Drive down any rural road in a few years and chances are you’ll see drones zooming in and out of paddocks, armies of tiny robots swarming over weeds, tractors driving themselves and farmers kicking back on their verandahs watching the day’s cattle sale online.
This futuristic projection assumes of course that farmers will adopt en-masse the various forms of new technology now emerging, an outcome that is far from guaranteed given that many seem geared towards either taking physical work out of farming – something many would argue is actually one of the more appealing parts of the job – or taking farmers out of farming entirely.
But there is no question that technology is rapidly changing the world of agriculture as we know it, and the pace of change seems only set to accelerate from here.
So what could be next on the innovation horizon for the Australian beef cattle industry?
Here are three more technologies now emerging in other industries which may also soon be on beef’s radar.
Yep, jet packs. They’ve been the stuff of sci-fi fantasy for years, but jet packs are suddenly being spoken about with straight faces as a realistic mobility solution for a wide range of industries.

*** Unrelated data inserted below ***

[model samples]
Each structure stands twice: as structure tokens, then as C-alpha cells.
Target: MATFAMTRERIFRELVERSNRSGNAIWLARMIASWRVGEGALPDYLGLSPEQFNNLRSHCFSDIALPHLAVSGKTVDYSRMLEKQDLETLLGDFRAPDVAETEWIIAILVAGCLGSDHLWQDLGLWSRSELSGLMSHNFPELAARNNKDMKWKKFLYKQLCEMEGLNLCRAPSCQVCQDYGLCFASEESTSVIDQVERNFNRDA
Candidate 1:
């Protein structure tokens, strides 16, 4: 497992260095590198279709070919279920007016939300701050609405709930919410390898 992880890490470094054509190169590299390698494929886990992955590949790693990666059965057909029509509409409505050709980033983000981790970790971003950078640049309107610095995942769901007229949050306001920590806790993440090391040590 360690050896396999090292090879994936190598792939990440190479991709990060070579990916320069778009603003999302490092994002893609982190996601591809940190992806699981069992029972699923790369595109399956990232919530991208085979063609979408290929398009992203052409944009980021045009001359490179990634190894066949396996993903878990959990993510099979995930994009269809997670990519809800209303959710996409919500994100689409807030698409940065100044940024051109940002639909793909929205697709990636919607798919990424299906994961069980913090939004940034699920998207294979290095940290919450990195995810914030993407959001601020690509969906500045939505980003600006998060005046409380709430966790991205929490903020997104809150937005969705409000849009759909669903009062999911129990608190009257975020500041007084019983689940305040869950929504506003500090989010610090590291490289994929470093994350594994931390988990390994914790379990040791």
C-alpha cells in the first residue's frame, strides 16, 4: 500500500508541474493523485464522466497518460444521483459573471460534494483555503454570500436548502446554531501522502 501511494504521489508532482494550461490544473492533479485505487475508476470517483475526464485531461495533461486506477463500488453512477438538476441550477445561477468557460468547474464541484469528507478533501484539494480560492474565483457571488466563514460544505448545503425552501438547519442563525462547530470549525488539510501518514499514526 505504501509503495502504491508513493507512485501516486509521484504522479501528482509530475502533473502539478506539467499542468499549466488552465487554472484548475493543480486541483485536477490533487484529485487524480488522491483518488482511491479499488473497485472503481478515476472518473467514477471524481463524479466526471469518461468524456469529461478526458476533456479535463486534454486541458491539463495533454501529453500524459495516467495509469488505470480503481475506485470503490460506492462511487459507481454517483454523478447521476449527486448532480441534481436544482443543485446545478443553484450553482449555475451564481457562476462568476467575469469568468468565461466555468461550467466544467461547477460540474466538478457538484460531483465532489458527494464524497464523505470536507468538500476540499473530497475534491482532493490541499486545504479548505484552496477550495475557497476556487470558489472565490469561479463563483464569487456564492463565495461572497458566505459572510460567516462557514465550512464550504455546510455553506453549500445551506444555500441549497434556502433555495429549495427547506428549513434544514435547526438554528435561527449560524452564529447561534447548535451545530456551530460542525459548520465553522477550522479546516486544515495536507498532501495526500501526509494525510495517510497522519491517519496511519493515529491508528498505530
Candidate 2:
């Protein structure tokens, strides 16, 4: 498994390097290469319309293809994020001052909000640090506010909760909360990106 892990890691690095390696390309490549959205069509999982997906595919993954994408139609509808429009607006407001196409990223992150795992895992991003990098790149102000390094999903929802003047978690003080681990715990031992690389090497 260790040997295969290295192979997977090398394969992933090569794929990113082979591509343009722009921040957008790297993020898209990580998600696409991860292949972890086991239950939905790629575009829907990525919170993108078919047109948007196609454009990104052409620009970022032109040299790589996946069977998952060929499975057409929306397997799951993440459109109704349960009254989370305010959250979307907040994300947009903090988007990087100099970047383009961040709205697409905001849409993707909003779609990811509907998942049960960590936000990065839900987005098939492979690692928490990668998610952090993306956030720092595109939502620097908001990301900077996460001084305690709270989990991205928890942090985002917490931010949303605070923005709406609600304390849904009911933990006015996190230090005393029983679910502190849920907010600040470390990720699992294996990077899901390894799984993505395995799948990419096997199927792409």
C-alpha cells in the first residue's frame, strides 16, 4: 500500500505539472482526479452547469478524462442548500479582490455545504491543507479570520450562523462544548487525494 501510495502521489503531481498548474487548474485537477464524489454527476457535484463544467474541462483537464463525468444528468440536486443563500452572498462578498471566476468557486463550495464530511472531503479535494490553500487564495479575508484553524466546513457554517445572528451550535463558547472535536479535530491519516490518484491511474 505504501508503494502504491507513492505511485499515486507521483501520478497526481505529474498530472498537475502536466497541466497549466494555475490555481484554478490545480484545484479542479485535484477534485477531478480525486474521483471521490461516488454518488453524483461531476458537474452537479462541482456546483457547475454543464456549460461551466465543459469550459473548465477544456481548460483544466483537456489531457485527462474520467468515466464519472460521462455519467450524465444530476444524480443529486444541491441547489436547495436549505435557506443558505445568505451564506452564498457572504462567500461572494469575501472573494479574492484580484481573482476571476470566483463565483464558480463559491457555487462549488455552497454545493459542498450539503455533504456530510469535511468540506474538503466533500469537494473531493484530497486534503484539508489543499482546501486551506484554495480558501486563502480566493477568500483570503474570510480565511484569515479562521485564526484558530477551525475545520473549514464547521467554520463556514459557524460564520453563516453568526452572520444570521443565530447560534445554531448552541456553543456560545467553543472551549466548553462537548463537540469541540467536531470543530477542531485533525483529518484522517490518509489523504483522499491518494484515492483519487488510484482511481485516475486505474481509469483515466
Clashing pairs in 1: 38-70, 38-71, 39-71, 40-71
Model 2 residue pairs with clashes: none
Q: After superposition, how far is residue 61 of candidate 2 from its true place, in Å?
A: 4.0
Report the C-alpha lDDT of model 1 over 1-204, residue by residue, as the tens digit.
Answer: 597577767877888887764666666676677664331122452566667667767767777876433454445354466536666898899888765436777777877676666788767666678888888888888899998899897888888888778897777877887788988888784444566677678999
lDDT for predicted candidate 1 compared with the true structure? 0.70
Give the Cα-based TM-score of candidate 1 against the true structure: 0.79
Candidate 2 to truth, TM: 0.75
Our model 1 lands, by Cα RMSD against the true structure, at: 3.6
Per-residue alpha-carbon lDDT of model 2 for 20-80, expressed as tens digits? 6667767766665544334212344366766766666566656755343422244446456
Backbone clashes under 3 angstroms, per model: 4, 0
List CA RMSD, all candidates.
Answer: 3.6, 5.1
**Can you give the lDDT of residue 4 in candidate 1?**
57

This is thanks largely to New Zealand company Martin Jetpack which has recently received certification for its first patented ‘wearable aircraft’ (below).
More like a small helicopter than an actual rocket pack, the device uses two ducted fans, driven by a 150 kW (200hp), two-litre, V4 two-stroke petrol engine.
Here’s how Flight Safety Australia describes the device in a recent blog update:
“At 114 kg the Martin aircraft is too heavy for the wearer to carry it on their back, but its flight endurance of about 30 minutes, speed of about 40 kt, range of 51 km and payload of 120 kg—including pilot—are beyond comparison with the rocket and jet packs of the 1960s.
“The jetpack has been test-flown, unmanned, to 5000 feet, and, according to its maker, will be available for sale late this year.”